Looks like you may need to focus on iso or single leg workouts using leg Press machine and stationary lunges. I suggest doing light weight, but go up on reps to feel the burn and pump. Slowly build and add weights as get stronger in that leg. At first you may feel week and that’s ok. The goal is to strengthen that leg/activate that glute. I hope this is helpful. I would also suggest talking to a physical therapist about your concerns and they may be able to explain things to you in a way that makes sense and what’s needed to mitigate your condition. Good luck!
  • heybales
    heybales Posts: 18,842 Member
    Suggest a single leg routine using weight/reps that is difficult for the weak side and progressing as it becomes stronger, using same sets/reps/weight for the stronger side until they match.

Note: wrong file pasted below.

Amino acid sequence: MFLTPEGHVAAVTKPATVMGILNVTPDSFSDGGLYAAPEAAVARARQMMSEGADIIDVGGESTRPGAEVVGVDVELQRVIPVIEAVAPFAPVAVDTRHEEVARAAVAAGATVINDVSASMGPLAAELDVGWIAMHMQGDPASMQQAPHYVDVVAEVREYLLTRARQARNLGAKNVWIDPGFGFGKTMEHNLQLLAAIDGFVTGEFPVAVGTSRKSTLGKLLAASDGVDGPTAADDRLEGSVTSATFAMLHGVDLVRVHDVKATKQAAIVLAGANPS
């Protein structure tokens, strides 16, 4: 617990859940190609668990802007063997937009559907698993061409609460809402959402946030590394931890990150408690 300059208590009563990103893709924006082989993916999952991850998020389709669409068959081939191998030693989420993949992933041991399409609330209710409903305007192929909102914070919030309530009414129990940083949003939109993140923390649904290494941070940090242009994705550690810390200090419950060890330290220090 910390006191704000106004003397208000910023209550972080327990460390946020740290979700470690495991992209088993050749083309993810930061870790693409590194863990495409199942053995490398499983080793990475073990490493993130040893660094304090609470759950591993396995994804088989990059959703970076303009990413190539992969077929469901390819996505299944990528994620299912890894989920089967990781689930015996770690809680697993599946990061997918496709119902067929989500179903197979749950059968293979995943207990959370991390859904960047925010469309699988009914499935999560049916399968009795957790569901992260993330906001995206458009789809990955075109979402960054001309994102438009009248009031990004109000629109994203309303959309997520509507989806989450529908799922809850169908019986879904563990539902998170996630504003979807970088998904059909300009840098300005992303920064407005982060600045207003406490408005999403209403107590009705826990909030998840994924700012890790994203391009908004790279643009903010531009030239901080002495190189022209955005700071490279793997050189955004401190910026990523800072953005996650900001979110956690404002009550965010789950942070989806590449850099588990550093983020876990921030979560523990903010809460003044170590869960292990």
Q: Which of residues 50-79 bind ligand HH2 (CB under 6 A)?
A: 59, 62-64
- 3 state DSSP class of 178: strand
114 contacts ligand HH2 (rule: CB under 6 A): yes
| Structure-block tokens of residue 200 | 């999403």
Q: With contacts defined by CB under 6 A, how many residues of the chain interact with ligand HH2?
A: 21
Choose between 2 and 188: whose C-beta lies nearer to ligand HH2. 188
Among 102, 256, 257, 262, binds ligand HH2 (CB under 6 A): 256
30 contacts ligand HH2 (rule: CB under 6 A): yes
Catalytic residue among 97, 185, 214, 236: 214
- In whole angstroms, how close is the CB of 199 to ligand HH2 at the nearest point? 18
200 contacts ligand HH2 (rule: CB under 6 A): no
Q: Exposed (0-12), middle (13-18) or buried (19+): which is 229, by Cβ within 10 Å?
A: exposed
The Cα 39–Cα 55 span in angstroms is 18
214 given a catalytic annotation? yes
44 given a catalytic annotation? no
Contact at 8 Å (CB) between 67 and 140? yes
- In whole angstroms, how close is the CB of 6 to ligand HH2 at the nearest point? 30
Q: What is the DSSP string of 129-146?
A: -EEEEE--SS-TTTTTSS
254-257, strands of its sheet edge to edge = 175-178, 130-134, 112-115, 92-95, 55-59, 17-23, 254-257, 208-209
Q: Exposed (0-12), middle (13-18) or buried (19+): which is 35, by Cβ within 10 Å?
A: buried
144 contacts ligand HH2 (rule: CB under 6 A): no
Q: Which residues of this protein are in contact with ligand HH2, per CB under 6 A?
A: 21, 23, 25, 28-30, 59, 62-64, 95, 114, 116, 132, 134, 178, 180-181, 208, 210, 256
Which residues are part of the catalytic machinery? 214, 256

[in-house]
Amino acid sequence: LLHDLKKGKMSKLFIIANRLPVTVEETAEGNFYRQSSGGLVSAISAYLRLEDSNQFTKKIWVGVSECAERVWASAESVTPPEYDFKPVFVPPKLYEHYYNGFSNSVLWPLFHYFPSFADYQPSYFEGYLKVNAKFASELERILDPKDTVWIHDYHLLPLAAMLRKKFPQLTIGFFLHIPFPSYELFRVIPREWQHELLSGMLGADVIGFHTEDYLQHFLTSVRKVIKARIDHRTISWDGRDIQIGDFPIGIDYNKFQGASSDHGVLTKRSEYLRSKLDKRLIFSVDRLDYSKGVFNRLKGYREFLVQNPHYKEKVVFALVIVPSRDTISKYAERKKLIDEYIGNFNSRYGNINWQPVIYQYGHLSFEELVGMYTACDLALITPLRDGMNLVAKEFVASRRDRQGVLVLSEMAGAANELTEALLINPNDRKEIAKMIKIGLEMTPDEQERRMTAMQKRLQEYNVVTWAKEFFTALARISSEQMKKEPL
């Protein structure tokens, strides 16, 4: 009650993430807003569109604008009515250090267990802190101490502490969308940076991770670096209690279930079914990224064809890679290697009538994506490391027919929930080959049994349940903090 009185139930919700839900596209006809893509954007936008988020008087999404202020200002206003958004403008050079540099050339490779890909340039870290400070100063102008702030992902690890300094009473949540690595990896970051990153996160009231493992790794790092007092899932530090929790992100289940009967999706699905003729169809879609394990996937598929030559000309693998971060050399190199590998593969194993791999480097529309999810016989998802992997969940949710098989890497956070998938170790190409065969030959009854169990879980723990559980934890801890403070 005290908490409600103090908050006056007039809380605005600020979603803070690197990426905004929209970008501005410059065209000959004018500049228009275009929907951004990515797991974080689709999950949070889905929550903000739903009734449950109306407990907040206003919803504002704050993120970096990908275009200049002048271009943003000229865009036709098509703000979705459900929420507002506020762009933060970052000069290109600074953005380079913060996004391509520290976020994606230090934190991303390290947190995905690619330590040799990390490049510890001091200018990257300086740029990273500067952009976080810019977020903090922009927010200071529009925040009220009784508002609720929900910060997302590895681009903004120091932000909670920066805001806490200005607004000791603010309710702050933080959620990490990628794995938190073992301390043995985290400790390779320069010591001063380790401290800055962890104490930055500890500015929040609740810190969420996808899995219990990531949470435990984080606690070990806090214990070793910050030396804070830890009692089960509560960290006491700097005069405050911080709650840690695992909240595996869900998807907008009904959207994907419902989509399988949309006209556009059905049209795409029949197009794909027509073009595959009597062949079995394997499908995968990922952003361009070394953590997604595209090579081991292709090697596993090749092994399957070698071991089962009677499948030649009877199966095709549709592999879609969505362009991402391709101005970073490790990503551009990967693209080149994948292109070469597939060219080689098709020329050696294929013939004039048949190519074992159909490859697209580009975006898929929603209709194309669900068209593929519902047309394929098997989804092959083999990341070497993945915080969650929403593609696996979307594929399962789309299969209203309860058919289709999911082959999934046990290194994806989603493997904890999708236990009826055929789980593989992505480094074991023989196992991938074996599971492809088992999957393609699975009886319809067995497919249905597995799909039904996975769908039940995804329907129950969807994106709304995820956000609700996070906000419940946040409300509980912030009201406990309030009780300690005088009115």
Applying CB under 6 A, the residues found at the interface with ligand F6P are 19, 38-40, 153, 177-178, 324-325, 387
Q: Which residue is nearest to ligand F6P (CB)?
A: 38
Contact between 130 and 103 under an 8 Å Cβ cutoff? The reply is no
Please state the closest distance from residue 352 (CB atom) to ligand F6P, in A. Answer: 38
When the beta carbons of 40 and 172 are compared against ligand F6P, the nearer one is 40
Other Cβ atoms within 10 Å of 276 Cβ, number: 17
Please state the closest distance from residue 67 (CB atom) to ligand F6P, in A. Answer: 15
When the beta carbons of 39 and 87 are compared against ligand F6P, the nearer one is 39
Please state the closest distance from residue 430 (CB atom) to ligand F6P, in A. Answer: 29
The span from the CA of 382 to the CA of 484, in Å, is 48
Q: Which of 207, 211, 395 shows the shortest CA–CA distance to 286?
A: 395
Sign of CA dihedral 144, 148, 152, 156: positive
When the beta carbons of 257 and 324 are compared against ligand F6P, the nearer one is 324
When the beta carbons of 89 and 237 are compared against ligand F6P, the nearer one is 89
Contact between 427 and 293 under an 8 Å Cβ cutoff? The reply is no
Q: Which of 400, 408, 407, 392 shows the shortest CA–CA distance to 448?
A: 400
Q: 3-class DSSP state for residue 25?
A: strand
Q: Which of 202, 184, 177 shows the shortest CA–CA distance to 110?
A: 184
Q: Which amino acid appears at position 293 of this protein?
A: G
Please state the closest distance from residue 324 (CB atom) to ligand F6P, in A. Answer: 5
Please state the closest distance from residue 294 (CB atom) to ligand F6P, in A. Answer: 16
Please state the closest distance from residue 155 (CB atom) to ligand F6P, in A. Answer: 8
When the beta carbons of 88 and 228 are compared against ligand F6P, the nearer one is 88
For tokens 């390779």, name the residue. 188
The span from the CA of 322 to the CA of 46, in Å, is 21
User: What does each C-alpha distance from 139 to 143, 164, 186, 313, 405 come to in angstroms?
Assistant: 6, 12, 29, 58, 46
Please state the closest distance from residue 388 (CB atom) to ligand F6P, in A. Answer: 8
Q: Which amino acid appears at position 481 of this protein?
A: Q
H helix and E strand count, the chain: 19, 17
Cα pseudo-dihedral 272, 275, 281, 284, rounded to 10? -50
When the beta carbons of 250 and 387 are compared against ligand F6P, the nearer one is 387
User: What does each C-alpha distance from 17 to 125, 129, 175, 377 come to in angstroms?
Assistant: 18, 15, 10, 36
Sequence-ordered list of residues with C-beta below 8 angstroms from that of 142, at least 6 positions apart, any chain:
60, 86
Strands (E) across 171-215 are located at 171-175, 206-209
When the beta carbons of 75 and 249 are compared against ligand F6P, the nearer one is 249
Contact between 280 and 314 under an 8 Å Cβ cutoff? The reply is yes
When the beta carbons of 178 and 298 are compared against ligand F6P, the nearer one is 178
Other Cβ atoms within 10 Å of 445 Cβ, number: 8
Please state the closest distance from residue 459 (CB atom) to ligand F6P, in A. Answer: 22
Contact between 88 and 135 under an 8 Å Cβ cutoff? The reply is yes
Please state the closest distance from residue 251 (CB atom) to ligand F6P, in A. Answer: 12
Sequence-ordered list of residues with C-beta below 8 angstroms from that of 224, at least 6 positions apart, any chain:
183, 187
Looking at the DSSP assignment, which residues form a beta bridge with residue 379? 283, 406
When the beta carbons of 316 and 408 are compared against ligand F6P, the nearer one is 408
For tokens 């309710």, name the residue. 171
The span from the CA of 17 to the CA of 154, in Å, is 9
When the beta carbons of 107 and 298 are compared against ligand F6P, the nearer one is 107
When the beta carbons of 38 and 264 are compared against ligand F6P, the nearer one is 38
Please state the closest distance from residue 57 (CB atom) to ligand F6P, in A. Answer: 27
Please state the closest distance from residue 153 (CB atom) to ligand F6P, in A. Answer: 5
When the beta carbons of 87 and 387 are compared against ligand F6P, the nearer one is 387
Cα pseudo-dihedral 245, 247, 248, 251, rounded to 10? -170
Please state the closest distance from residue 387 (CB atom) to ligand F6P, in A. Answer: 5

Reference to Bret is great above.

    Catch-up time.

    If you go back to physio - might ask them to confirm leg length is equal.
    Up to 1/8 IIRC is rather expected and normal in most folks, but above that can start causing body to handle itself differently in the way you walk and what muscles are used and compensation, ect.

    PT discovered after ankle break a 1/4" difference, and on researching the side effects of that - oh my goodness all the things I've dealt with since teenager to varying degrees was laid right out as side effect of that fact.
    And every single chiropractor that did the ole "oh your legs are uneven let's adjust the hips" totally missed it and made it worse.

    And weaker / stronger glute difference was an effect. At least for me and all the running I did compounded it - and caused other effects on up the chain.
  • ang82much
    ang82much Posts: 30 Member
    heybales wrote: »
    If you go back to physio - might ask them to confirm leg length is equal.